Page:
What's that winmail.dat?
Reader Richard Shaffer is perplexed by the contents of his email. He writes:
Some email messages I receive contain “winmail.dat” attachments. I can’t open these with any applications I own. Any suggestions?
Yes. Copy the following text into a reply to anyone who sends you a message that contains such an attachment:
Dear User of Microsoft Outlook,
Thank you so much for taking the time to write. Regrettably, I’m unable to view the formatting you so carefully applied to your message because — and I know this may come as a shock — many, many people in the world do not use Microsoft’s Outlook. Let me explain.
When you apply Outlook’s Rich Text format to your email messages, only those recipients who open them in Outlook can see that formatting. The rest of us — and believe me, our numbers are significant — see the message along with a winmail.dat attachment that we can not open. The problem can be compounded when any other attachment you included with the message is combined with this winmail.dat attachment. So, for example, any pictures you’ve sent of the family’s new iguana will go unseen.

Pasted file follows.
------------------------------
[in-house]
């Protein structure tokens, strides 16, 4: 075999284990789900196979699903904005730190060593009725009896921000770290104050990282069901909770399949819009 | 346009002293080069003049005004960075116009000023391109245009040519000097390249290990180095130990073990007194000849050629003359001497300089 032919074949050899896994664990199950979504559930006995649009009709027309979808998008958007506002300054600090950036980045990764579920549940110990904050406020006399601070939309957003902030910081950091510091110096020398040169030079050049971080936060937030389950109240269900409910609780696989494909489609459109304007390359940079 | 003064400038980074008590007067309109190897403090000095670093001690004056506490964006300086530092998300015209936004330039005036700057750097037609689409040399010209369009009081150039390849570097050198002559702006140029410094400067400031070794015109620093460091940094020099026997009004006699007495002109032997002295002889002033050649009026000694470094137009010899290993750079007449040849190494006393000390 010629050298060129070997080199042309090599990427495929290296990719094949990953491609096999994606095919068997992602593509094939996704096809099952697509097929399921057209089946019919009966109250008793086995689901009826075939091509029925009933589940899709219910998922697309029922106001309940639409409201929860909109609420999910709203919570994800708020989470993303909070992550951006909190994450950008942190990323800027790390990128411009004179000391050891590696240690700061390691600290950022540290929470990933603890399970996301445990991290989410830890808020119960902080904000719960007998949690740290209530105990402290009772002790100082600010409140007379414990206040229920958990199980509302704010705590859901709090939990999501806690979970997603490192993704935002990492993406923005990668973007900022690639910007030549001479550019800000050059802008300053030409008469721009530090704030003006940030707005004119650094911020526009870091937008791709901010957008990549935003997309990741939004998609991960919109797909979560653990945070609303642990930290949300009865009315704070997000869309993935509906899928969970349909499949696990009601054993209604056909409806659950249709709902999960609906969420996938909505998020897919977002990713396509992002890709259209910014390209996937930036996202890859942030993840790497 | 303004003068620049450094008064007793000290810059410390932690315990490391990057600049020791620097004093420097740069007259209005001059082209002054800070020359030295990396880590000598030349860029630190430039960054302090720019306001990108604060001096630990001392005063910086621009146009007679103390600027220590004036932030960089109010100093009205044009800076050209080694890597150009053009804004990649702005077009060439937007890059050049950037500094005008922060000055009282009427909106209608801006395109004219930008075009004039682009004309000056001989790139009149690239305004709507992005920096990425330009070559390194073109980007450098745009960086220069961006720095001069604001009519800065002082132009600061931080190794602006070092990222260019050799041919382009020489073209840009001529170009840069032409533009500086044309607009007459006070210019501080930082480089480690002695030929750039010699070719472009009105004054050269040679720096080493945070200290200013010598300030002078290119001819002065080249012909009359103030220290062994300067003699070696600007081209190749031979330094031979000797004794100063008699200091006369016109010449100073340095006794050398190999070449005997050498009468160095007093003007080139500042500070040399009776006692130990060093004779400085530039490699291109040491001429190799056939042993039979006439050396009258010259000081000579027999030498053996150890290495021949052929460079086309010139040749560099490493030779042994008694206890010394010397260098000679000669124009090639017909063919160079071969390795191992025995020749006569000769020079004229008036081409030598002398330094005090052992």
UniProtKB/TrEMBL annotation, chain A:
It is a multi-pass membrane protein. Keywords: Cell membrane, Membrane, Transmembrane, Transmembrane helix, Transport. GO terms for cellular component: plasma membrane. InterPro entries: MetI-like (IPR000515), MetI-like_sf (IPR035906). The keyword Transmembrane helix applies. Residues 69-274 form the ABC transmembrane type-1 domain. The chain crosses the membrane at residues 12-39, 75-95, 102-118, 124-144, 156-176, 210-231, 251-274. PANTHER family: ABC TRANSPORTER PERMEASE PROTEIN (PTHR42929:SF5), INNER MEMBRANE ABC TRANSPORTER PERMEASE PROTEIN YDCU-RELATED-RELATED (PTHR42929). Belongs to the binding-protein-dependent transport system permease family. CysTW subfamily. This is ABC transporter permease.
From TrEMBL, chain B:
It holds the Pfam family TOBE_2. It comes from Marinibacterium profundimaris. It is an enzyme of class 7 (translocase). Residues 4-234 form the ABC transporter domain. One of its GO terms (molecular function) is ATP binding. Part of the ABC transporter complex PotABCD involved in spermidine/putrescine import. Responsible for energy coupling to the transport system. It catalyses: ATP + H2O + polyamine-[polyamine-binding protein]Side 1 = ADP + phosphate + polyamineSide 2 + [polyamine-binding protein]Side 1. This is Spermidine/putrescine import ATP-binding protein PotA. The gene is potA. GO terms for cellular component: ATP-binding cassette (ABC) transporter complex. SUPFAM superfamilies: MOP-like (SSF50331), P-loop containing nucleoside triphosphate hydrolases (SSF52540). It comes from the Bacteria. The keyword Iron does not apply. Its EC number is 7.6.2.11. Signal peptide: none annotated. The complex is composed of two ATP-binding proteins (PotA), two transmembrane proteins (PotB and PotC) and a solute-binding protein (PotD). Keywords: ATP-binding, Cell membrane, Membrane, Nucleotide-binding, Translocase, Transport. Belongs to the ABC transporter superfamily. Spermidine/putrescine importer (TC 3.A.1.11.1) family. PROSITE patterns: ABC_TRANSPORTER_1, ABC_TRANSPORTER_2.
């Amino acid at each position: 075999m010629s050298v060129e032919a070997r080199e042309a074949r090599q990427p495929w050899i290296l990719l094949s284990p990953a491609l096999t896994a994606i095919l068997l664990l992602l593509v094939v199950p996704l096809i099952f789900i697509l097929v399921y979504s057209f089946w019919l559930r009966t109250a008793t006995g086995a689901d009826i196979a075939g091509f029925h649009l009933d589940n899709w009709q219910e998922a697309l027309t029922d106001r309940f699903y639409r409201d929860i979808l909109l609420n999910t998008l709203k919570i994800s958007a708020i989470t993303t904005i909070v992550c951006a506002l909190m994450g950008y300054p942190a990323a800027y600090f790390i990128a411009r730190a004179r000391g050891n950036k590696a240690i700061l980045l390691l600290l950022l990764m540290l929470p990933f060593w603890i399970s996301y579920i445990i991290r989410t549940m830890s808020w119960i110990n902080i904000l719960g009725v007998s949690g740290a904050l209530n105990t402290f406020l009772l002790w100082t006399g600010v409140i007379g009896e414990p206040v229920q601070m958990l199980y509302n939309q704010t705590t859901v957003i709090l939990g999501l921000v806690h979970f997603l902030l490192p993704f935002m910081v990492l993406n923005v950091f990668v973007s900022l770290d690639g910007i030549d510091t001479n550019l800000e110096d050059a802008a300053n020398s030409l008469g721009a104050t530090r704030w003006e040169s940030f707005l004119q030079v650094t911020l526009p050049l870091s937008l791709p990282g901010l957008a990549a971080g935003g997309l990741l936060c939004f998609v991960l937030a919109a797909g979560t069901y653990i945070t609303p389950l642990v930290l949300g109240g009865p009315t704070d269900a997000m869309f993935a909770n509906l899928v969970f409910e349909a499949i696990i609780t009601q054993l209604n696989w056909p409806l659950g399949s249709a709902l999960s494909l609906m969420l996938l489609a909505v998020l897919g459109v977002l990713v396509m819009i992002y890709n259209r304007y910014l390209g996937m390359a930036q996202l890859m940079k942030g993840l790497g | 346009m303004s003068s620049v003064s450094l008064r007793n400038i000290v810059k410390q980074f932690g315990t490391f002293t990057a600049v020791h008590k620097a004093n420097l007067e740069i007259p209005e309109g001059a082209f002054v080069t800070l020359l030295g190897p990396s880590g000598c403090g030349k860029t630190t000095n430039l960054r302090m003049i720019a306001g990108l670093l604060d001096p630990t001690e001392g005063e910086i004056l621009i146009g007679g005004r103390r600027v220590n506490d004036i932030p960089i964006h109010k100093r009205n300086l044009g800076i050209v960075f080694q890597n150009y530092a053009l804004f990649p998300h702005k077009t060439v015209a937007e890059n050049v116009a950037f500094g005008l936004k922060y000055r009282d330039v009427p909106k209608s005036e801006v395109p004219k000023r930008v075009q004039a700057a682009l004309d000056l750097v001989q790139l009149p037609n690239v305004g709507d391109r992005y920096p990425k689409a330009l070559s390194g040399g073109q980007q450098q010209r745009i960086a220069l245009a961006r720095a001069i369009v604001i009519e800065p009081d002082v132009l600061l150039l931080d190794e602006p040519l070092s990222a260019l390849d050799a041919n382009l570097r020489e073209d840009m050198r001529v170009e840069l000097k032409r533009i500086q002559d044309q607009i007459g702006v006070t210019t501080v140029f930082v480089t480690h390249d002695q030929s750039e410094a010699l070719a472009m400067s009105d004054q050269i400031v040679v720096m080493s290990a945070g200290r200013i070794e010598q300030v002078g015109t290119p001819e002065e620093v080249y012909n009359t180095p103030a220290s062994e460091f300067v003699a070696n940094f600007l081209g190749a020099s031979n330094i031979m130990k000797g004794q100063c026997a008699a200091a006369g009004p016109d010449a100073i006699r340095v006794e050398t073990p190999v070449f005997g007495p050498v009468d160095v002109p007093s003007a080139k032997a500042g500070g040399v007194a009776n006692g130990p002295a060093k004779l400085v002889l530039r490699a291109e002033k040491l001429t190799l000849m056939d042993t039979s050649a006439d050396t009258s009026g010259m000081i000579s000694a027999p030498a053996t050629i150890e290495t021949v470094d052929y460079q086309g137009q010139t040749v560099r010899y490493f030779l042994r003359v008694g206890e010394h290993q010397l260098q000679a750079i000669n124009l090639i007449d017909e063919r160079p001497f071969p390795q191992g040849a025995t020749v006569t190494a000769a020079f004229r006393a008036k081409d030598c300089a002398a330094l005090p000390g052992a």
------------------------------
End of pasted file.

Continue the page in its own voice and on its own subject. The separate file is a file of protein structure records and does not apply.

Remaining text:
To address this issue, please send future messages as plain text. (If you need help learning how to do this, see this Microsoft support document.) While I’m certain some of those you correspond with will miss the many fonts, underscores, shadow effects, and italic passages it is within your power to apply to your messages, I’m sure they’ll understand that you provide a greater service by sending messages that can be read by all recipients rather than just those who’ve adopted Microsoft’s email client.
Thank you for your consideration.
Update: A couple of readers have suggested Josh Jacob’s TNEF’s Enough, a free utility for extracting readable data from these winmail.dat files. Worth a shot if your Windows using pals won’t be taught.